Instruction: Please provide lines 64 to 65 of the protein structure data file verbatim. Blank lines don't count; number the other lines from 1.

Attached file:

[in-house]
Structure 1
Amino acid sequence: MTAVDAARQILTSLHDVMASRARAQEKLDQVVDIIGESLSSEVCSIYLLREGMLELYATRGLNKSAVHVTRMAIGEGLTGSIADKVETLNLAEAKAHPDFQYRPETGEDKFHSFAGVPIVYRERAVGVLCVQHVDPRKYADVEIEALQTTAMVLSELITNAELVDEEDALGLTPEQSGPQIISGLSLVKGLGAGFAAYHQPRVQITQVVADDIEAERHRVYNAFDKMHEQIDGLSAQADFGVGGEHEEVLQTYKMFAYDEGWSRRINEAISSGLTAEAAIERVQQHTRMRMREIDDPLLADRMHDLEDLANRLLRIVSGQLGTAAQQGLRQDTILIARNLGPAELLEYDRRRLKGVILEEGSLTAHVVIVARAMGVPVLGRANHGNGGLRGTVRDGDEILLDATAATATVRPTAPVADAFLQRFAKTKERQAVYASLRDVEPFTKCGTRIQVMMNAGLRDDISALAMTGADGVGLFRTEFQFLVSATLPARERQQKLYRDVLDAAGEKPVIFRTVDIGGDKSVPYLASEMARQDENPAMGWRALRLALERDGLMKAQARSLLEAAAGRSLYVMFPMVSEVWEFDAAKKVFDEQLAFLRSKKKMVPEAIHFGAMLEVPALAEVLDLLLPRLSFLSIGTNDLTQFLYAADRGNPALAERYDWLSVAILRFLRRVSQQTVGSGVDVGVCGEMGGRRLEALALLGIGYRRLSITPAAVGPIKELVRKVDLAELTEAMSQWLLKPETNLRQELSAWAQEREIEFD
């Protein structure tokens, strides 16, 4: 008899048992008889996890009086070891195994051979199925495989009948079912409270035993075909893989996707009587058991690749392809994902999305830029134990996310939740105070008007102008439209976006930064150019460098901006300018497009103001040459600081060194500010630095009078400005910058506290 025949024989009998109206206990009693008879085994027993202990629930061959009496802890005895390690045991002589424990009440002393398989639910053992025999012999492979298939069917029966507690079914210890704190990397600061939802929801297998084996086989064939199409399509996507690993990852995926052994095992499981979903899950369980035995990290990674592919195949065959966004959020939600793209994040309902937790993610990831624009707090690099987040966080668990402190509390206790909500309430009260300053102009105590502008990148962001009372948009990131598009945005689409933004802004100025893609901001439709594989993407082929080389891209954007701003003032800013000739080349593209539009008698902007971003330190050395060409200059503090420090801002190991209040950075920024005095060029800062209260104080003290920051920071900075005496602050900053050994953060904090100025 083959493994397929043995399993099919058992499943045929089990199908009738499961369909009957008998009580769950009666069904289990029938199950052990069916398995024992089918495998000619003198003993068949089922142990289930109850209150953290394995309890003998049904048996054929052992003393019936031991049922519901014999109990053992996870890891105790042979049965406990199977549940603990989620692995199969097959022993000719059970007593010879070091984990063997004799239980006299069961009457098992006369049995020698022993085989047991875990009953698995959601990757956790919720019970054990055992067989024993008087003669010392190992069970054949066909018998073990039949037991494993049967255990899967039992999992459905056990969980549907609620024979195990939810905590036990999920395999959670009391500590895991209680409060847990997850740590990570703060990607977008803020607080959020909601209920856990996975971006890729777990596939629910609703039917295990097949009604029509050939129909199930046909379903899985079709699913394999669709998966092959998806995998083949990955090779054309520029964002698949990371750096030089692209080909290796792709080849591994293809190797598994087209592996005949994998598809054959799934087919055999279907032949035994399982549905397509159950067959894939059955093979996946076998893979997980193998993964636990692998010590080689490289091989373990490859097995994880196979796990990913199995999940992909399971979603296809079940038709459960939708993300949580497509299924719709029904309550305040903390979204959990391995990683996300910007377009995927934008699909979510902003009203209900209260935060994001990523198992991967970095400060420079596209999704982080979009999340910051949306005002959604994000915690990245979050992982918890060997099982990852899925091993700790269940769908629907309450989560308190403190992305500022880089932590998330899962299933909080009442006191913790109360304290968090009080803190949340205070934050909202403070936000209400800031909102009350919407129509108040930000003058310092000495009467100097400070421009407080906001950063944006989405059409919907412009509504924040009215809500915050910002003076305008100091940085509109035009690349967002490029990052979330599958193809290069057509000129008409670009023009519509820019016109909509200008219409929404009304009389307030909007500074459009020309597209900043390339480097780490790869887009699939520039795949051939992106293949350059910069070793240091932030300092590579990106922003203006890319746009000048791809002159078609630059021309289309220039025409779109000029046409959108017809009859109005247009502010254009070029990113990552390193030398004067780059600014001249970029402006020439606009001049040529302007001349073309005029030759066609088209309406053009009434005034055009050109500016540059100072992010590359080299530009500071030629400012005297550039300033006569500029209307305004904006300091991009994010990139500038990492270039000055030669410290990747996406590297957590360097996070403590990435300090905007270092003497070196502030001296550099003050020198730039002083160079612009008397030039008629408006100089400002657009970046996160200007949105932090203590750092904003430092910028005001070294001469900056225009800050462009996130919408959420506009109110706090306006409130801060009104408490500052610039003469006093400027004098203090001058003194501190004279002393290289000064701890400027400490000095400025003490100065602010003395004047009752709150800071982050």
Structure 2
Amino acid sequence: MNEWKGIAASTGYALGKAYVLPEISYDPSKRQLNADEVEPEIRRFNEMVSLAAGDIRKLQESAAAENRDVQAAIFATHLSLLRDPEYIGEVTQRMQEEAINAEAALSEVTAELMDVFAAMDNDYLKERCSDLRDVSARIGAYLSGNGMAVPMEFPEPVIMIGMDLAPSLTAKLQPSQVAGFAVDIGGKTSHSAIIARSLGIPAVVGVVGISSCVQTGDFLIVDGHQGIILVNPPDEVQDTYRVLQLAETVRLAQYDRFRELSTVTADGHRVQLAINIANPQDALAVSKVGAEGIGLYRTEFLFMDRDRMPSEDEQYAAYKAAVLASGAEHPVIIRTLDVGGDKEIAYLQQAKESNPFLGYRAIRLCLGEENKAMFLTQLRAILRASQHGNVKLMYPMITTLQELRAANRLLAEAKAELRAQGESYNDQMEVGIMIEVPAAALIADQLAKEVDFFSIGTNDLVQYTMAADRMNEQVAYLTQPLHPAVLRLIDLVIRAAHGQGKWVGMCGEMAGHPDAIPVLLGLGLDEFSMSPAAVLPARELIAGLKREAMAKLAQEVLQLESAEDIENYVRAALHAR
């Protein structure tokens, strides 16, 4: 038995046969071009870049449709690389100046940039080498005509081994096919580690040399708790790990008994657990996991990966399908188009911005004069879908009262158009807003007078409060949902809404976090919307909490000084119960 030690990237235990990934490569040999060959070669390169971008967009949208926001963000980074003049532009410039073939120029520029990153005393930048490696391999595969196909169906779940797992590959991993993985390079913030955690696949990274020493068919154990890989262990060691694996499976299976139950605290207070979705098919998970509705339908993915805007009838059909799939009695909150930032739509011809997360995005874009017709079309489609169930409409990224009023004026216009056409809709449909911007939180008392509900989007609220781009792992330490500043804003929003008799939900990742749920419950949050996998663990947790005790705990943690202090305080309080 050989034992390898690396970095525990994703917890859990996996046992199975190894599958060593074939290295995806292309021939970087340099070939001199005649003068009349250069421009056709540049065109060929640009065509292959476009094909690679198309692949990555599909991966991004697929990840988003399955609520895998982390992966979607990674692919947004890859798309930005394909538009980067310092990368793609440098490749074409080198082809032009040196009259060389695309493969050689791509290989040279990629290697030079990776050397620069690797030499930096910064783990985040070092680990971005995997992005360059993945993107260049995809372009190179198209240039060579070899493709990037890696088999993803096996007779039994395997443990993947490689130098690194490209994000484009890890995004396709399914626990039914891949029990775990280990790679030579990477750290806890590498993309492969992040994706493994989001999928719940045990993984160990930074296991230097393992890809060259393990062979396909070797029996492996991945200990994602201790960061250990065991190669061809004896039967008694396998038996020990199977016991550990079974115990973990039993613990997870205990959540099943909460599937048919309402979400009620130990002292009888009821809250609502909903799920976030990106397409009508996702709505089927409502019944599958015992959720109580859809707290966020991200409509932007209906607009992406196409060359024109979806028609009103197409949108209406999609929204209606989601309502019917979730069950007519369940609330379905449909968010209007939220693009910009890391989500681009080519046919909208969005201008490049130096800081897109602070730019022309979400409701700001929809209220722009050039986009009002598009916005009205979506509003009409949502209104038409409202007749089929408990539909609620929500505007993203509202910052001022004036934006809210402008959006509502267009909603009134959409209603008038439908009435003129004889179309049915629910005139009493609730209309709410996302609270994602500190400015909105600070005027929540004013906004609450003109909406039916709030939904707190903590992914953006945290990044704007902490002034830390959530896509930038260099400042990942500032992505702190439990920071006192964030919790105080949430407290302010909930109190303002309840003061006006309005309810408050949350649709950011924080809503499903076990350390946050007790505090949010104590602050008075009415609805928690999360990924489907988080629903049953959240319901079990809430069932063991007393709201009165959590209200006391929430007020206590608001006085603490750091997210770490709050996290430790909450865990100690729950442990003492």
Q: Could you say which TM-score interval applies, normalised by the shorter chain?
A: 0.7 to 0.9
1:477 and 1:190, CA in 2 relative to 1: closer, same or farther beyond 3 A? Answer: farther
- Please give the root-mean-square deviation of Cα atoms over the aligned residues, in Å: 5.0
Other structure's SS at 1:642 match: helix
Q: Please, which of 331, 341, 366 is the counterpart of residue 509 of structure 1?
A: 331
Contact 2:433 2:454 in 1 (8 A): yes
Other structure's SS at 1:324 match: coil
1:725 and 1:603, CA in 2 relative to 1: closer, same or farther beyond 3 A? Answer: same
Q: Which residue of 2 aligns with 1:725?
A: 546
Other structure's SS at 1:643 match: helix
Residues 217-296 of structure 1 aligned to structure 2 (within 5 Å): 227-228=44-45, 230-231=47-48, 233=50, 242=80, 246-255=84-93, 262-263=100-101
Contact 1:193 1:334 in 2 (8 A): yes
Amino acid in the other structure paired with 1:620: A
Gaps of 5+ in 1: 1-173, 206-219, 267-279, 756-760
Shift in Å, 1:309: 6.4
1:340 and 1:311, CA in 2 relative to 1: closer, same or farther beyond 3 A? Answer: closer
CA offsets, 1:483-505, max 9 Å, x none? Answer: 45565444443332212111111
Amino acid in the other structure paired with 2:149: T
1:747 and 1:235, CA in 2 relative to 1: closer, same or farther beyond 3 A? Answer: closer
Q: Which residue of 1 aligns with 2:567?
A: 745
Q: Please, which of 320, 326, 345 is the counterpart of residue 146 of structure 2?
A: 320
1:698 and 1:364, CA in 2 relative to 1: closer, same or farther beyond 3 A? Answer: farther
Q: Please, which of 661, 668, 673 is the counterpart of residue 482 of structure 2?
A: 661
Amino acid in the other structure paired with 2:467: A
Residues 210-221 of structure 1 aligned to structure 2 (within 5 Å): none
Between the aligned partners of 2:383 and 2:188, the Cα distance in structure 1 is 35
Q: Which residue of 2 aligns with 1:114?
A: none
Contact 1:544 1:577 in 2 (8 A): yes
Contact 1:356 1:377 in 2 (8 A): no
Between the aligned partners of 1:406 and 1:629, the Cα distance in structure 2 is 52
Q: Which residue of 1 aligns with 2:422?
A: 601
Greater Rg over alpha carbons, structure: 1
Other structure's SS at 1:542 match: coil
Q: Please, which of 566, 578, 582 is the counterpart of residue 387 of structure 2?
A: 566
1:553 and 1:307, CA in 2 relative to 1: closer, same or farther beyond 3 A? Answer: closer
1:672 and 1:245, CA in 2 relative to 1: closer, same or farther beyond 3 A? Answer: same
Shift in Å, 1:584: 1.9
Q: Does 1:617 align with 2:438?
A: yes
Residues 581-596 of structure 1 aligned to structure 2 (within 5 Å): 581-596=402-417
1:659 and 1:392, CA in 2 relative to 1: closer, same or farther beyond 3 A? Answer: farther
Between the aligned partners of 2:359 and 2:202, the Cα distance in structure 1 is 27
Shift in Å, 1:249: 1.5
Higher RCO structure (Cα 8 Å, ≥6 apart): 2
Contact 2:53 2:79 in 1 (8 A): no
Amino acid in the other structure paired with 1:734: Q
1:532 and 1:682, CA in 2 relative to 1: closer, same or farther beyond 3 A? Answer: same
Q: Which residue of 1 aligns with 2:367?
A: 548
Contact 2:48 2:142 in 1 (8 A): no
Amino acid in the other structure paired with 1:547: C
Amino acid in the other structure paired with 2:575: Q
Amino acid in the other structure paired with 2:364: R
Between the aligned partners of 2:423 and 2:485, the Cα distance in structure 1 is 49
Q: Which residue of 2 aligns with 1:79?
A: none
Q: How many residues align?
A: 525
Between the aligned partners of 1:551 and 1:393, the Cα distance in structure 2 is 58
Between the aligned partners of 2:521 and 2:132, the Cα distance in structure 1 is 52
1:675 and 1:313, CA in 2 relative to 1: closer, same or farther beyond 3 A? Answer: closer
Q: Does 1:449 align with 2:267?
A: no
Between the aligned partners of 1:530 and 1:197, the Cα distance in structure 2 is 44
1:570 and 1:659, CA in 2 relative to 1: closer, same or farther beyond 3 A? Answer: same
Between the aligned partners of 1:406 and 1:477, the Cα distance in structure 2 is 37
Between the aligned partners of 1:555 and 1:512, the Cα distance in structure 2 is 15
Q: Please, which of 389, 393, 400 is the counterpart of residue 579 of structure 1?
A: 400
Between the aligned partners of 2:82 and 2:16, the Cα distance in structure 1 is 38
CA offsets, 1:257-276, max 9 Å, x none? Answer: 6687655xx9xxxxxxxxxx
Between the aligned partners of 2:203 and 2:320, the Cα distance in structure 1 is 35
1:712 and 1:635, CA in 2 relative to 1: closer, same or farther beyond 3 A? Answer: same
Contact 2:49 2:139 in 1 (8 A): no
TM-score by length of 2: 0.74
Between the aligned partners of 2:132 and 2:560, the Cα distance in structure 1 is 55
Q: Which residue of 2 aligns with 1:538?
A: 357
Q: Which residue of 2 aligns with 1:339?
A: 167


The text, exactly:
Q: Which residue of 1 aligns with 2:367?
A: 548